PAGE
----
Category - Boilers
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Will Scholfield, Engineer

18 May : Updated 17 Apr ● 4 min read

Why does my boiler smell like rotten eggs?

This might sound like a peculiar topic to address. However, a strange smelling boiler is probably one of the most crucial warning signs to be aware of.

It’s often the case that if something becomes a little smelly, there's likely something wrong with it, and this also applies to your boiler. You may already associate the smell of gas with your boiler if you use a gas-fueled boiler. But did you know that sulphuric-smelling odours (or the smell of rotten eggs) could be a severe warning sign?

This article reveals what smells to look out for with your boiler, and offers solutions to remedy them.

As always, when it comes to boilers - gas boilers in particular - we recommend calling an expert to take a look and refrain from trying to fix the problem without professional assistance.

What boiler smells should I look out for?

Rotten eggs smell 

The smell of gas is often associated with an ‘eggy’ aroma. 

Gas itself is odourless, which is undetectable to the human nose. Due to this, domestic gas supplied from the National Gas Grid is treated with a chemical called methyl mercaptan. This chemical is mixed with the odourless gas as a safety precaution to help early detection of leaking gas. It has a distinctive sulphurous smell, which, when we catch a smell of it, makes us associate it with gas. 

If you can detect a rotten egg-like smell coming from your boiler, don’t ignore it.

What to do if:

1. There’s a rotten egg smell coming from your boiler

If you notice a rotten egg smell which seems to be emerging from your boiler or any other gas appliance in your home, it could mean that you have a gas leak. 

The recommended course of action is to locate your gas shut-off or Emergency Control Valve (usually next to your gas meter or at the entry point of your flat) and isolate your gas supply to your home.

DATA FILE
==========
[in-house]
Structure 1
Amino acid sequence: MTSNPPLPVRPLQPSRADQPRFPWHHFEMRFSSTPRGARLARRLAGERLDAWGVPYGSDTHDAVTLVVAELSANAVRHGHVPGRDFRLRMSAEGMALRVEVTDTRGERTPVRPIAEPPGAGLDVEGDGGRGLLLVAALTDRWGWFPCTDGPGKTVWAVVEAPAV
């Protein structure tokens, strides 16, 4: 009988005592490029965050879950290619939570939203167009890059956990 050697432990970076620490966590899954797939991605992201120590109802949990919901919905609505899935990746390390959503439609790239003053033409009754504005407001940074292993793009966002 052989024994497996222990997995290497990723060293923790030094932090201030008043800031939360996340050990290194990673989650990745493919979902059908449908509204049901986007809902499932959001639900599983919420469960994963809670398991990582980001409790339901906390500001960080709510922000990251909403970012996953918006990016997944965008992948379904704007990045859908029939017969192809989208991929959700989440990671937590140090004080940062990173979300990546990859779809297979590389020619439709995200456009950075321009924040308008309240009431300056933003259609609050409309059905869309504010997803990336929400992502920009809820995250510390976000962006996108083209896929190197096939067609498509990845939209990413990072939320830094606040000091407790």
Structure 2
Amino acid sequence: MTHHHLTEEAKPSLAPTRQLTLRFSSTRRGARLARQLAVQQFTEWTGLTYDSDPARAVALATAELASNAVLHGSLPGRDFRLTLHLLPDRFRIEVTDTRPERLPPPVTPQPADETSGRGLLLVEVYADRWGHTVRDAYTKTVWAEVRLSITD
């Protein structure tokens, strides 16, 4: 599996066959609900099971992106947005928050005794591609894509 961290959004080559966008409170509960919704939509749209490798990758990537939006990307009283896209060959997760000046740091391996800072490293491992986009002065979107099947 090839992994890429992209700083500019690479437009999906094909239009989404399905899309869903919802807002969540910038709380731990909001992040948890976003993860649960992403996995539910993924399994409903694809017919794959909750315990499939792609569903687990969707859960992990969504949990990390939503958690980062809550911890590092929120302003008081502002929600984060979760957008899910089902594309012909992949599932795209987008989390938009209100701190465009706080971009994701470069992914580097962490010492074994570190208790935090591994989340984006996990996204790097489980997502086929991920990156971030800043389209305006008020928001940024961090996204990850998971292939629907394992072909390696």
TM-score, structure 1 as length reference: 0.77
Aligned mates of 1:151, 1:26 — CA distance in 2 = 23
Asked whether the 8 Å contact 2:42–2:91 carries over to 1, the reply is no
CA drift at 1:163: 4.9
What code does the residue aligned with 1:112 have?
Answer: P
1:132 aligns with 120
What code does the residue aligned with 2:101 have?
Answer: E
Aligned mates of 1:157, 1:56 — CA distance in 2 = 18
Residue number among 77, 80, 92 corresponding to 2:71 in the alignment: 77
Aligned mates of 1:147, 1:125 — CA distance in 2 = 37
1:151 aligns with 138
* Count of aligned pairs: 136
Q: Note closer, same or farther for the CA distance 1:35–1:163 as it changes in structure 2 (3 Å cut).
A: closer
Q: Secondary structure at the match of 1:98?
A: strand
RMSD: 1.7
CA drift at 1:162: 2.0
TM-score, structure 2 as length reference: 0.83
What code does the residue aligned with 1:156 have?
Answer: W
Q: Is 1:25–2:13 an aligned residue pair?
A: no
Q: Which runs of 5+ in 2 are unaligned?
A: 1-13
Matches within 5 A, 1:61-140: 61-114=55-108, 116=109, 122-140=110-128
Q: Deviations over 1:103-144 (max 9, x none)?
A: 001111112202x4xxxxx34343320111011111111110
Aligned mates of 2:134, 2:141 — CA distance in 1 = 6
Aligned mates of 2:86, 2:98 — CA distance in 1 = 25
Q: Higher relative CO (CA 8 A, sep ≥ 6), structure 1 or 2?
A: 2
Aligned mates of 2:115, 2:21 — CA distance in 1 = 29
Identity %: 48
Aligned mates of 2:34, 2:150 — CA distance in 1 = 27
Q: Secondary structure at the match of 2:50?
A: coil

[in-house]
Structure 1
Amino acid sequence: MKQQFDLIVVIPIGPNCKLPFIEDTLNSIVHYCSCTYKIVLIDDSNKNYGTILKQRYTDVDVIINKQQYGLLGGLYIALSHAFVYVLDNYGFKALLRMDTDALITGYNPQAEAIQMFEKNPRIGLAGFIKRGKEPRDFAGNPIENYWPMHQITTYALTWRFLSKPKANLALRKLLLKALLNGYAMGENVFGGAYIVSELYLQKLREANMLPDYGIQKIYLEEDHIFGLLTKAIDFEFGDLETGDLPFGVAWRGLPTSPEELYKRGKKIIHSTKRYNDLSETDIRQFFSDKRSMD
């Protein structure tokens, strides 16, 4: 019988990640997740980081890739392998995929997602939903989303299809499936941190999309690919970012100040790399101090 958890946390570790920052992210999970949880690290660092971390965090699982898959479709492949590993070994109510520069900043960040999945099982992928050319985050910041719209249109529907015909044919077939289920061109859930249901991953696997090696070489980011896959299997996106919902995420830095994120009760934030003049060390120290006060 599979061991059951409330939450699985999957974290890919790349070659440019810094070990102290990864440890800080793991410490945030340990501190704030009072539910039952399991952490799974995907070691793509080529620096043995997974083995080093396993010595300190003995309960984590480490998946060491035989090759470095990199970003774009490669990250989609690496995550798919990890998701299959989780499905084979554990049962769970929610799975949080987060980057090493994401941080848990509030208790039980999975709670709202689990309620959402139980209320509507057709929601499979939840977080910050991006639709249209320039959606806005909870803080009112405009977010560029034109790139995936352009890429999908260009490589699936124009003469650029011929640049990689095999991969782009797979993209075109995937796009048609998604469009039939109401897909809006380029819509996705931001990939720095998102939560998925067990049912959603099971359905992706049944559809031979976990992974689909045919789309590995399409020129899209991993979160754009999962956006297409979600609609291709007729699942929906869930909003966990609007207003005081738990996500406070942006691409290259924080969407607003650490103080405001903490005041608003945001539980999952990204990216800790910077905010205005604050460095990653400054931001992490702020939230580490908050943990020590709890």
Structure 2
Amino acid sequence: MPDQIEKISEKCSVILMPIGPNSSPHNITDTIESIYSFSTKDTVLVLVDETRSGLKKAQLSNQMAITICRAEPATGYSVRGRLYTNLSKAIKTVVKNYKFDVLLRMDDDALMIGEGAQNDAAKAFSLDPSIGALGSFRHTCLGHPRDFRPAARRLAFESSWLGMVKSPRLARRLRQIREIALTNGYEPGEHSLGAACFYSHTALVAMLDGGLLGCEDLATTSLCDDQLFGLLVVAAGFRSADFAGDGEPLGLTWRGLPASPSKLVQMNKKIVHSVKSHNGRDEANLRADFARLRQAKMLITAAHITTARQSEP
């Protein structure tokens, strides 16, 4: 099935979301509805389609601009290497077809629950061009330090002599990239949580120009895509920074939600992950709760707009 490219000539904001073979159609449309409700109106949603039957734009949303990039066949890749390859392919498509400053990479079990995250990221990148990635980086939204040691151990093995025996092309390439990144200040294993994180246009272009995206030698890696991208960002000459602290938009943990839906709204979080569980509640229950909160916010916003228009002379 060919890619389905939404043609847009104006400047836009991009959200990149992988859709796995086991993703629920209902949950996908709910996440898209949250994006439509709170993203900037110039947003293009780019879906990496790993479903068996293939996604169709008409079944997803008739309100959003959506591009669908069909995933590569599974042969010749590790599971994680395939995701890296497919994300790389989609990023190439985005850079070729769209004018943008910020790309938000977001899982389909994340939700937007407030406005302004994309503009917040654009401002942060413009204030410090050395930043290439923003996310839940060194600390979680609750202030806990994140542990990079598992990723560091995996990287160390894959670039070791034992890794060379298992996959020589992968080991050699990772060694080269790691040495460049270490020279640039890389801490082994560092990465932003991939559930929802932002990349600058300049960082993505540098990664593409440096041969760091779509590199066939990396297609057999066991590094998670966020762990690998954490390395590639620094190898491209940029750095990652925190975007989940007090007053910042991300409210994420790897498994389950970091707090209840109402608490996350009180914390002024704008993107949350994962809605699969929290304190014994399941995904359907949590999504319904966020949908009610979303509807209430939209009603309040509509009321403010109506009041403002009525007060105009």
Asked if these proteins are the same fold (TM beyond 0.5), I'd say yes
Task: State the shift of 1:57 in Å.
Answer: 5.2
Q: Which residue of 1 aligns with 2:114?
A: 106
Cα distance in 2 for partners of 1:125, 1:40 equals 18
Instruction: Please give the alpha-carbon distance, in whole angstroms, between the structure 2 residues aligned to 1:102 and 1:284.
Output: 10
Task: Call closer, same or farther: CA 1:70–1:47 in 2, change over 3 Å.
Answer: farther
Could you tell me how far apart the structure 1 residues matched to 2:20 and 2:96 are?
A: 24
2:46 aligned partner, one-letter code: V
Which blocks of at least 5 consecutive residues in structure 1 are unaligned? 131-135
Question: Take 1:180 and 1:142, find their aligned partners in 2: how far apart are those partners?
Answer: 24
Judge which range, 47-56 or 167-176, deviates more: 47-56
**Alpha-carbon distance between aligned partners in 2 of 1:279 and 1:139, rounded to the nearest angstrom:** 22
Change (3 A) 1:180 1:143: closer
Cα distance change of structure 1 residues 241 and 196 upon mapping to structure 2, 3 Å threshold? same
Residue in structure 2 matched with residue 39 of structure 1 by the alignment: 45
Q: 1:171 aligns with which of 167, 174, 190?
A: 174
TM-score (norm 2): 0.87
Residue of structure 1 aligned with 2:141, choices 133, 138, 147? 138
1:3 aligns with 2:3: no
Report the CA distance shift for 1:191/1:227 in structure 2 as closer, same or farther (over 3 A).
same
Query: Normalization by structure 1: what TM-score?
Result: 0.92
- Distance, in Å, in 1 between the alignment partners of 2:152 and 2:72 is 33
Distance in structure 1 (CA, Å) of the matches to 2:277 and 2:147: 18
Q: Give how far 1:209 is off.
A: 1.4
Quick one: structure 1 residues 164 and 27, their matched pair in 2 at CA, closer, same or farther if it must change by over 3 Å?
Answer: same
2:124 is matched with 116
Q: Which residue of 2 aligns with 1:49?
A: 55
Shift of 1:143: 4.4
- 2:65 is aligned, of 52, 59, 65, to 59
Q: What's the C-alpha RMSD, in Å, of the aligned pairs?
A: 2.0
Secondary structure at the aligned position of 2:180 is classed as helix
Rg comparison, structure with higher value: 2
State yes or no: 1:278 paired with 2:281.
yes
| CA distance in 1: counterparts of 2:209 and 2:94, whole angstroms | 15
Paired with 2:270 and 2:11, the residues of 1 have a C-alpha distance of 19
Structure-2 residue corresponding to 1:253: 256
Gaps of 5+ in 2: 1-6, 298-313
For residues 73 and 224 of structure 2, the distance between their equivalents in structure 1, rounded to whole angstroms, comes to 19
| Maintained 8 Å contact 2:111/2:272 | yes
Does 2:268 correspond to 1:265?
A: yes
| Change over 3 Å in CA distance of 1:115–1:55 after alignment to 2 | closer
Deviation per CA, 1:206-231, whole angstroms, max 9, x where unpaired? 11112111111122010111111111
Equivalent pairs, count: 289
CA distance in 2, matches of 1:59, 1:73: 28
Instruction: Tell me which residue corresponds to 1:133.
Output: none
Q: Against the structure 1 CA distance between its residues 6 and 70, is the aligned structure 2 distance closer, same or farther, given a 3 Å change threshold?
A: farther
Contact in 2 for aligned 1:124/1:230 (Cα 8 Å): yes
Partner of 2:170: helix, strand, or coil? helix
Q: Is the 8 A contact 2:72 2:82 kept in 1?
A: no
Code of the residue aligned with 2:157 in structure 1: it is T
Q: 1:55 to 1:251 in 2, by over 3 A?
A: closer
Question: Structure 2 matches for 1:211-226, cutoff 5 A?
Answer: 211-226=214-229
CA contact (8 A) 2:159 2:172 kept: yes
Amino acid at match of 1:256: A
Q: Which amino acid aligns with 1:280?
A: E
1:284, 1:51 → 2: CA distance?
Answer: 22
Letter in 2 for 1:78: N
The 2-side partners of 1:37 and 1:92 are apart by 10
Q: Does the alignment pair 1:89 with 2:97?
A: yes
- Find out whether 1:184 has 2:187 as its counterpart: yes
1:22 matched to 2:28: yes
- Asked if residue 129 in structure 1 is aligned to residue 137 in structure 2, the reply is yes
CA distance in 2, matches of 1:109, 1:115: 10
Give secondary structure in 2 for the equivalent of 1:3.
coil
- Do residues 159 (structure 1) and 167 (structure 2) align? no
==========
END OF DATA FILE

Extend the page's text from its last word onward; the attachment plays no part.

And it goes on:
If shutting off your supply is not an option, open windows and doors to allow ventilation and reduce the risk of gas pressure building up in your home. Call the Emergency Gas Helpline immediately on 0800 111 999.

2. Your hot water smells like rotten eggs

Suppose you are running the hot tap, and the water smells a bit ‘eggy’.

This could indicate a bacterial infection in your system. Left untreated, this could spell further problems with your boiler and needs addressing as soon as you notice it.

Bacteria thrive in warm, damp conditions. Your hot water system is a perfect place for bacteria to live and take over your system. This tends to happen if your boiler is not hot enough. 

Another common cause is the lack of use of your boiler, such as going away on holiday or an empty property where the system has been laid dormant. Bacteria can grow between 20-45ºC, so if your boiler settings work within these temperatures, you could be tempting a colony of bacteria to settle. 

There is also an increased risk of your system becoming infected with Legionella bacteria. The Health and Safety Standards recommend running your boiler or hot water cylinder at temperatures above 60ºC, as the bacteria cannot survive at these temperatures. 

Remember to also check the cold water

If you run your cold water for around a minute and detect an unusual smell, it could indicate an issue with municipal water supplies. This could be the best-case scenario, as your boiler is working fine, and the problems lie with the water supply to your street.

If this is the case, it's best to consult your neighbours about their water and inform your local water board.

If, however, there is no unusual smell coming from your cold water, this could spell an issue with your drainage, boiler or system.

How to treat the hot water bacteria problem

This is a job for a professional. A qualified engineer can treat the issue of a bacteria infection with biocide flushing, which contains Chlorine Dioxide to kill off infections. 

To ensure the infection has been treated successfully, your engineer will conduct tests to determine if the treatment has been successful.

How can I reduce the risk of gas leaks and bacterial infections in my boiler and system?

To keep on top of your boiler’s health, it’s essential to book annual boiler servicing that helps to spot minor faults before they develop into something more serious. 

It’s also important to ensure that your engineer is Gas Safe registered. Rest assured, all BOXT engineers are qualified and experienced in the field. 

Our boiler repair services and comprehensive Home Cover plans protect your boiler and ensure you’re in expert hands.

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Final thoughts

In short, a boiler that smells like rotten eggs is not pleasant, and could be dangerous. If you’re worried about your boiler and believe there’s something wrong, we always recommend contacting our boiler engineers.